Hidden Figures: Exploring Gender Bias in Intellectual Property
Larry Summers, former President of Harvard University, famously outraged female colleagues when he declared that men outperform women in math and sciences due, in no small part, to the biological differences between the sexes. Summers went on to note that barriers to women’s advancement in such fields lay not within institutionalized discrimination itself, but rather, “issues of intrinsic aptitude.” In the wake of such incendiary remarks, a number of compelling studies have sought to explore the role of sexism and gender discrimination within the historically male-dominated STEM fields.
One such study, appearing in the Journal of Gender, Social Policy & the Law, raised a fascinating question central to this fireside chat – “Do Patents Have Gender?” According to UC Irvine Professor Dan L. Burk, the question can be raised as to whether the science behind patents is inherently misogynistic, and therefore a major sticking point in promoting women’s opportunities for advancement. Our expert panel will discuss whether or not blatant (or more subtle) institutional biases exist for women in intellectual property. What are some of the most common challenges facing women in IP? What solutions or strategic responses are available to help overcome these barriers?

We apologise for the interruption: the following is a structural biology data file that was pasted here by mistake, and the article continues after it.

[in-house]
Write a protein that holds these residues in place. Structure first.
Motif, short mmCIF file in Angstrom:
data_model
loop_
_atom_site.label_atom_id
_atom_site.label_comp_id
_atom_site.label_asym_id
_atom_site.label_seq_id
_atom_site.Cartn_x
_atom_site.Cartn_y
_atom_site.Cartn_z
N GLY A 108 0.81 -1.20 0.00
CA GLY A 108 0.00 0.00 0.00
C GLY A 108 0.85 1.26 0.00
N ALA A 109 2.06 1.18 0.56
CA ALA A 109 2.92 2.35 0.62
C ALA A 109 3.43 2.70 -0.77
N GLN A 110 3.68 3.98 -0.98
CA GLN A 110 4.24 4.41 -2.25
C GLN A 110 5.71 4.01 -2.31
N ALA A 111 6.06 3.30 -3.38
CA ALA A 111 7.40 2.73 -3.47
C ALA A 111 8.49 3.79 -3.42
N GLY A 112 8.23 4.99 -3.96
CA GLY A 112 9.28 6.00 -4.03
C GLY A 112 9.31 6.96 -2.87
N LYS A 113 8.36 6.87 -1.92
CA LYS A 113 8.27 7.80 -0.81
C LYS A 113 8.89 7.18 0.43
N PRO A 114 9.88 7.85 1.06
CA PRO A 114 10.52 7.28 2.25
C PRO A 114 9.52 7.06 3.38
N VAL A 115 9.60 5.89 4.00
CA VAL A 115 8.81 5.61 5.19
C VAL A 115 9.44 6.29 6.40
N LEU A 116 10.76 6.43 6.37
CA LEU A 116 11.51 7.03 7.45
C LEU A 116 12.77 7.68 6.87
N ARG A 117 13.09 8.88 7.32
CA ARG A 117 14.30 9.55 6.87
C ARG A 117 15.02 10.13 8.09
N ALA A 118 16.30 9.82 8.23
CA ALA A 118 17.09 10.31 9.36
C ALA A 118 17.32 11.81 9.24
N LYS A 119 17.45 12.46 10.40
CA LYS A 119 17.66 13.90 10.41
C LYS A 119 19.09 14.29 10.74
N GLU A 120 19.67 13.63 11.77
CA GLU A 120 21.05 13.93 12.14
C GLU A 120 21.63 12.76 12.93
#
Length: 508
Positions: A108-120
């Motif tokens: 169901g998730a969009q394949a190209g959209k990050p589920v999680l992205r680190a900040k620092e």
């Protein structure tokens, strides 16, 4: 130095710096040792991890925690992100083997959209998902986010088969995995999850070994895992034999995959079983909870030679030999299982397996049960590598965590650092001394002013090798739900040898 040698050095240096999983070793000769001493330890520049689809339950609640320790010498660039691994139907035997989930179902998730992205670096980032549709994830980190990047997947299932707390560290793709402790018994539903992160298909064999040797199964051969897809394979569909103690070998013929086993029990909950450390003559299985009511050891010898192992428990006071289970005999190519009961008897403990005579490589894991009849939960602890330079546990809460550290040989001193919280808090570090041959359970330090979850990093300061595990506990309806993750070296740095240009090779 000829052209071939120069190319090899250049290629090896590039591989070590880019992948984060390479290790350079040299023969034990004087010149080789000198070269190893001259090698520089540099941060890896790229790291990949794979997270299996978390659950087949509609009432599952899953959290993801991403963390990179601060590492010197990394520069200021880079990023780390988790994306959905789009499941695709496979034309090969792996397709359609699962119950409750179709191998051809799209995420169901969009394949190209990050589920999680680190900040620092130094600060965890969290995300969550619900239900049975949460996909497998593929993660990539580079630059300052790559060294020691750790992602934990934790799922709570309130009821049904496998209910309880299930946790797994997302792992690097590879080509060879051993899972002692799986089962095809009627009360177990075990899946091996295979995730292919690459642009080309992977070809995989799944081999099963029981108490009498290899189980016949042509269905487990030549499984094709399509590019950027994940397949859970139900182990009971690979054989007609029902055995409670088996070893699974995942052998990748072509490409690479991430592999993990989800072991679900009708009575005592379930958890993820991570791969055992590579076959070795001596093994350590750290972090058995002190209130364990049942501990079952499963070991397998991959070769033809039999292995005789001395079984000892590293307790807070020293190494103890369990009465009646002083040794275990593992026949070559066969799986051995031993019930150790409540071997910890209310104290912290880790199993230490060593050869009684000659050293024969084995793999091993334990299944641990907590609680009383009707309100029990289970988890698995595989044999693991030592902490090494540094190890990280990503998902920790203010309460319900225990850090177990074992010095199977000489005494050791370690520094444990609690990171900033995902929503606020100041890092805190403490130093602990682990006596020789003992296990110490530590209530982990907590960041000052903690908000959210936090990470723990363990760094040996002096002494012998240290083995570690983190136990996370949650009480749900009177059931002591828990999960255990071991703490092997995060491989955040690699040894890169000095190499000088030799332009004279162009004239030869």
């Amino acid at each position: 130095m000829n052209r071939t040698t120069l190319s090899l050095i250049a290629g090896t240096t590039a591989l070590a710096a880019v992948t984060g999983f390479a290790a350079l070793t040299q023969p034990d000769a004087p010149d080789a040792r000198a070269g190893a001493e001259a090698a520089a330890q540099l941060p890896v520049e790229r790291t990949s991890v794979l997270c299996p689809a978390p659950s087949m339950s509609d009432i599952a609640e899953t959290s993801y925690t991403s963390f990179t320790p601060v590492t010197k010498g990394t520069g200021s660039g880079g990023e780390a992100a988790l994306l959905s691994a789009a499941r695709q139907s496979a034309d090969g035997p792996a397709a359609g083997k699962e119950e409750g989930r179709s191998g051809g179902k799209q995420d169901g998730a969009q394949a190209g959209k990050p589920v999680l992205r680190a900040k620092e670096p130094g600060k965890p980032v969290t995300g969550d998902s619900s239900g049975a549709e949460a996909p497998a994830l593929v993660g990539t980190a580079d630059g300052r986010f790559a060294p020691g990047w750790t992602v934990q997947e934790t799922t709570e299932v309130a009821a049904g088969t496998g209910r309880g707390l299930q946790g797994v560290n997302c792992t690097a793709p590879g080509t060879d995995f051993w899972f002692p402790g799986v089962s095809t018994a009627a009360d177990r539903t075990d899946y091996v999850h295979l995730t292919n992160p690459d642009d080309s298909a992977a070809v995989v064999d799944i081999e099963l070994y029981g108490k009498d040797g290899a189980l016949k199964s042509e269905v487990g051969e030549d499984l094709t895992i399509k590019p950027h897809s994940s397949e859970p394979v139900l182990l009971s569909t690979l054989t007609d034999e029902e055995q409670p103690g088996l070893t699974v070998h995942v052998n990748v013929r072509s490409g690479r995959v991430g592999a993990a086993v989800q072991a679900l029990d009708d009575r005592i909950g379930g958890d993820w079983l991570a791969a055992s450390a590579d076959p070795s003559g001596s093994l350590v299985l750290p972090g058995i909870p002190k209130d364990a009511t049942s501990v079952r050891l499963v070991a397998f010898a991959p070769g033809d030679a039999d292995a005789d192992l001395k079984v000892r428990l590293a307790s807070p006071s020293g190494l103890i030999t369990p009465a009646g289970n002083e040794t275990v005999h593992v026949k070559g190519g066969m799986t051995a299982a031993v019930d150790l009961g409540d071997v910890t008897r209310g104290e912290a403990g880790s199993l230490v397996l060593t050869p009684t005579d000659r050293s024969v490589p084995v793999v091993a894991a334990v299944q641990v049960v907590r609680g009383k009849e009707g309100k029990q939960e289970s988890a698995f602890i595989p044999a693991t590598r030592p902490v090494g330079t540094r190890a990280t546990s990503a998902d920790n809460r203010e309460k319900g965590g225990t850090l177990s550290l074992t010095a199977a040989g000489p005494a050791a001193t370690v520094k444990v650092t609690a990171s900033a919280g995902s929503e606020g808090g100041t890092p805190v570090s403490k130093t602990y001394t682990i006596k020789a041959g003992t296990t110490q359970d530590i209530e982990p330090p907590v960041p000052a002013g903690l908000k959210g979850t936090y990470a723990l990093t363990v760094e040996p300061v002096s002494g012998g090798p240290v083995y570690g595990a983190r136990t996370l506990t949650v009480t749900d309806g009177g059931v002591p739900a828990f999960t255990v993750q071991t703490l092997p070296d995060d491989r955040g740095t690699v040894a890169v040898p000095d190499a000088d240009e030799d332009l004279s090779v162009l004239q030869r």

Please join us for cocktails and canapés as we conclude our evening program.
1100 New York Ave. NW Suite 600
Washington, DC 20005
The offices of Sterne, Kessler, Goldstein & Fox P.L.L.C. are located at the intersection of 12th and H Street, NW in Washington, DC. To reach the reception area, take the EAST bank of elevators to the 6th Floor.
Although no hotel room block has been arranged for out of town guests, a number of hotels are within walking distance to Sterne Kessler’s office.
Marriott at Metro Center
The Grand Hyatt Washington